Besides PLN’s, staff development should be replaced with professional learning communities. What are you interested in? Form a group of like-minded individuals. Chase it (the learning) down. Apply it (what you have gleaned from the PLC) to the learning environment you are in. Assess it. Refine it as needed to meet the needs of all learners. We need to move away from it being about us, the educators at the front of the room, to being about students and listening to what they have to say. Create the learning around their needs. Check your ego at the door. Pick it up when the day is through if you must.

Yesterday, I was reading a post at Teaching College Math and I found this quote and follow up that I think summarizes what I am trying to say. “Quote from Hunter Lovins: “What is the purpose of education if not for future generations?” Now that’s a quote I can sink my teeth into. As educators we can’t dwell on “how we learned it” – we’ve already been educated and have moved into the world community, but the students we teach need to be prepared for the world they will enter. If that means that instructors will have to continue to be learners themselves – so be it.” There is no way around it. To have students become 21st century learners we need support each other in our own learning in order to facilitate student learning.

Questions 2 and 3, I feel help move question 1 along the path of where we need to go. Where are the early-adopters, pushing the envelope? I believe there are some that already exist in the schools and we need to bring them to the forefront of every building, school district, state, and country. I also believe that every new hire needs to have the capability and desire to be a 21st century learner. How about an intensive course in the summer of the new hire to teach tools (Thanks Tom Schwartz)? How about a mandatory blog, website and a wiki that is created and maintained by their students. How about as part of receiving tenure, a teacher should have a portfolio of these creations to share with other educators to demonstrate their own growth and learning?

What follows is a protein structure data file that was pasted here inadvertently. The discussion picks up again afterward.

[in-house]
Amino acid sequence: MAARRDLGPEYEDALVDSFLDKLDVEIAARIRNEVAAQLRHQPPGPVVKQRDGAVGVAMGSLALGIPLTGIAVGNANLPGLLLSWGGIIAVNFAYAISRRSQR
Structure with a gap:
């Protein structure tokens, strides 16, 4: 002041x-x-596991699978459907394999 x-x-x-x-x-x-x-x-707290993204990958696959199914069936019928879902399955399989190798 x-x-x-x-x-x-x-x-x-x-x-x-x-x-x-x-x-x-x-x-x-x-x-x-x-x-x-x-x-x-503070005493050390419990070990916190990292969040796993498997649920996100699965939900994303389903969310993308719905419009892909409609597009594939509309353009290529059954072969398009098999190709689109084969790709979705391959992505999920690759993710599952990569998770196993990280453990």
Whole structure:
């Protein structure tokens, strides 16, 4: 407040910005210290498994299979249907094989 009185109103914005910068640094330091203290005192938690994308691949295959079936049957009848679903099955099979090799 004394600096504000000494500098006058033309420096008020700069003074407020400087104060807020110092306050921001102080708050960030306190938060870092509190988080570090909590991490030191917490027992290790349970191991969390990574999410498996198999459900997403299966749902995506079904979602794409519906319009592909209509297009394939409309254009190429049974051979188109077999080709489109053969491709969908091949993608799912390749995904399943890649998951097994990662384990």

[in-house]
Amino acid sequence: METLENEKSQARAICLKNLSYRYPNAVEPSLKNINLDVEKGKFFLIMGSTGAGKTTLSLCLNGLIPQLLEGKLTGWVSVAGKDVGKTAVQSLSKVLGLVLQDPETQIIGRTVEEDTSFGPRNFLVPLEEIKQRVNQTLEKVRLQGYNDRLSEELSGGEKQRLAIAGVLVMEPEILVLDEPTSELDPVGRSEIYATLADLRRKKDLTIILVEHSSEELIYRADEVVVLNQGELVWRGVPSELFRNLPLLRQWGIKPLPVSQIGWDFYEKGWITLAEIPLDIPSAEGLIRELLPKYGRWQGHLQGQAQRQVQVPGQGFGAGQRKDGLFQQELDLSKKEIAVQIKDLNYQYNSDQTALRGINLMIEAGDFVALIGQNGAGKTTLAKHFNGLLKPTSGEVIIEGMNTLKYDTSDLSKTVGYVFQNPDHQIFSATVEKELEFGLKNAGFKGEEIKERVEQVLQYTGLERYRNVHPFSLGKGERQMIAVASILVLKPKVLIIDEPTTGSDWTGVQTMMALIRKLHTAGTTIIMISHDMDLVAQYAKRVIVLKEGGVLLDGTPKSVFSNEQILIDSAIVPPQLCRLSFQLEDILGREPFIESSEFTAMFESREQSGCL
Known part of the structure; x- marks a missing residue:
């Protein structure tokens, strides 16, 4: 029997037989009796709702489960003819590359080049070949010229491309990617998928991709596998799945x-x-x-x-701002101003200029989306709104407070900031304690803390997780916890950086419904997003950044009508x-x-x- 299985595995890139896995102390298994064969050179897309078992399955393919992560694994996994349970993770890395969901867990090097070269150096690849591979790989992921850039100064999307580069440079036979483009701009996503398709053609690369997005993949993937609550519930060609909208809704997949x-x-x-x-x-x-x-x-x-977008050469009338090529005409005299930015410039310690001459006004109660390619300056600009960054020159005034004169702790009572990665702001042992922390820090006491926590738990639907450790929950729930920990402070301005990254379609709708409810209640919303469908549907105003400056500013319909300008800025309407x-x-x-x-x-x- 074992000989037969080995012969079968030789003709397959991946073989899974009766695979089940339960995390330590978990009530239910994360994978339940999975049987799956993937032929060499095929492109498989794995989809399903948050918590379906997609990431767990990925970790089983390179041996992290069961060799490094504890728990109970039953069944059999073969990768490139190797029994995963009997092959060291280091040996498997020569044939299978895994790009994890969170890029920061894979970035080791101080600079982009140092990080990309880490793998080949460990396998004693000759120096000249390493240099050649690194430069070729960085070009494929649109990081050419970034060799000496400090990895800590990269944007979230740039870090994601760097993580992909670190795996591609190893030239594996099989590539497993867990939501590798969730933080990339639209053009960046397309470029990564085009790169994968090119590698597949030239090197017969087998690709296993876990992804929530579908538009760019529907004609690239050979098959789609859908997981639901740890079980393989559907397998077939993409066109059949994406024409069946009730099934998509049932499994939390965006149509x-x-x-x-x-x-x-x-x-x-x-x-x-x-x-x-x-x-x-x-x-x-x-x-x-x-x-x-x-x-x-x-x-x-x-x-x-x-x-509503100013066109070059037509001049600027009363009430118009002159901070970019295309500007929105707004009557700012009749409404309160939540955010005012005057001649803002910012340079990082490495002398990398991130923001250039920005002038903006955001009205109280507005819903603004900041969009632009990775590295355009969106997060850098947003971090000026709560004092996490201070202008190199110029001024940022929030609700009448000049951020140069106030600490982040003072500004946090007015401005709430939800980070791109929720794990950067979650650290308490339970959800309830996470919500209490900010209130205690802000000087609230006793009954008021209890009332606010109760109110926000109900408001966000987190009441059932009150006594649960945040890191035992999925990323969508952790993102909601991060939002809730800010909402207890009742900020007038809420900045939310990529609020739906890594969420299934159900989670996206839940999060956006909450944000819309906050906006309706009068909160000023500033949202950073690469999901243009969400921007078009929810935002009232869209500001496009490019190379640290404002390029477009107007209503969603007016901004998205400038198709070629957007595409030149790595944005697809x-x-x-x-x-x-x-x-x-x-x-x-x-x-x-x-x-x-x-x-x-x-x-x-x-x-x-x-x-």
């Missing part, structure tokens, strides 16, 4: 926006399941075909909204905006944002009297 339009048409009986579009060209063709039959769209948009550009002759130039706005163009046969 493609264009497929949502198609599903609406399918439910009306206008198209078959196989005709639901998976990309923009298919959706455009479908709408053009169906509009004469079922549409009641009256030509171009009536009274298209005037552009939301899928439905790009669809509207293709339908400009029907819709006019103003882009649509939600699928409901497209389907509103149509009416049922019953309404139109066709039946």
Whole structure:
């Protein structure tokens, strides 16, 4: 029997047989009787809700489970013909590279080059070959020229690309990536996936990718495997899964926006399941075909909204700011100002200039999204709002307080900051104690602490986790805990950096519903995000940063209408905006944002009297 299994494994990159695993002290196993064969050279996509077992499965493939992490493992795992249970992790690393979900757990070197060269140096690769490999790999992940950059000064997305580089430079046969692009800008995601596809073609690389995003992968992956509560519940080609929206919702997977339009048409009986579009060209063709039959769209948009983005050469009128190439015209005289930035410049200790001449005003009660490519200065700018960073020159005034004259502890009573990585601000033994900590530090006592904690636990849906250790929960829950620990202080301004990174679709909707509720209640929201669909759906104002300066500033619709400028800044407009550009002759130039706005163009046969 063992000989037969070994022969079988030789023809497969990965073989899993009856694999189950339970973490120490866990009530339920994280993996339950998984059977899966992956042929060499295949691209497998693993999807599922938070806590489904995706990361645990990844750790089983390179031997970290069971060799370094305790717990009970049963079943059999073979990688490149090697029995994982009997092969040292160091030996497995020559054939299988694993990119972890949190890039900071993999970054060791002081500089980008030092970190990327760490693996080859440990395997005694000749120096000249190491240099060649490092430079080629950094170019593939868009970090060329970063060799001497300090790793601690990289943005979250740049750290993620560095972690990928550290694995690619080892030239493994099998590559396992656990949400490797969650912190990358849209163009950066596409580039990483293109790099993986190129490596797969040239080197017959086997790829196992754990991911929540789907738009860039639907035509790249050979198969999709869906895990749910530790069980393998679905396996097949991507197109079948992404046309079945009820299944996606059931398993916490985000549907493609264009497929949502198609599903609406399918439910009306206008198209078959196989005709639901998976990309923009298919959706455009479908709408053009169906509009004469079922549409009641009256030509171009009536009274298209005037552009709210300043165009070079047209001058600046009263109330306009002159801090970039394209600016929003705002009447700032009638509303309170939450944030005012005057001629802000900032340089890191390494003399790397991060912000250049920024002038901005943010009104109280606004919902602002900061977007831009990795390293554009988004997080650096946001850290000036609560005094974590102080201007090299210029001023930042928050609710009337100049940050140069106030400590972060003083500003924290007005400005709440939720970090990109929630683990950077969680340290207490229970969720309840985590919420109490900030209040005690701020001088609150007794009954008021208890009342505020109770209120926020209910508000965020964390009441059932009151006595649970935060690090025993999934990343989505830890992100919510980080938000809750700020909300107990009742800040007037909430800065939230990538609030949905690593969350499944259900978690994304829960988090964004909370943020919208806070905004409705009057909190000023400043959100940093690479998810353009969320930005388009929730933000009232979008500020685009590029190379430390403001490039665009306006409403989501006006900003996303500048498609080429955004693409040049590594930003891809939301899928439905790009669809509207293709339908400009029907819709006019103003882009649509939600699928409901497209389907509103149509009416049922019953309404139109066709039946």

Teachers should not have to be asking for the hardware; it should already by in place. You really can get by with a minimum amount of hardware, as long as it is functioning and filters do not restrict you. I recently heard a quote from a podcast by the “techchicks” and I may be paraphrasing; “Technology can no longer be integral integrated, it needs to be integrated integral.” This is why administrators and board members need to be aware of what is going on in the 2.0 world. They do not need to be aware of every tool, but they need to see the ways in which it helps students and teachers. If the see it, I believe they will support it and provide the necessary funding.

Educators need to be steadfast in their beliefs, willing to learn and always have at the forefront the students. The new educators will need to seek out and find (and vice-versa) the established teachers who are doing things to promote 21st century learning. No longer can teachers go into their “dimple” (classroom) of the “egg carton” (school) and not be aware, share, and be a part of what is going on around them. Educators need to take risks and stand up for what they believe in.

Do we want this: Teach different

or this: Sir Ken Robinson.

I am going to spend some more time thinking about these things but in the meantime I want to leave you with this: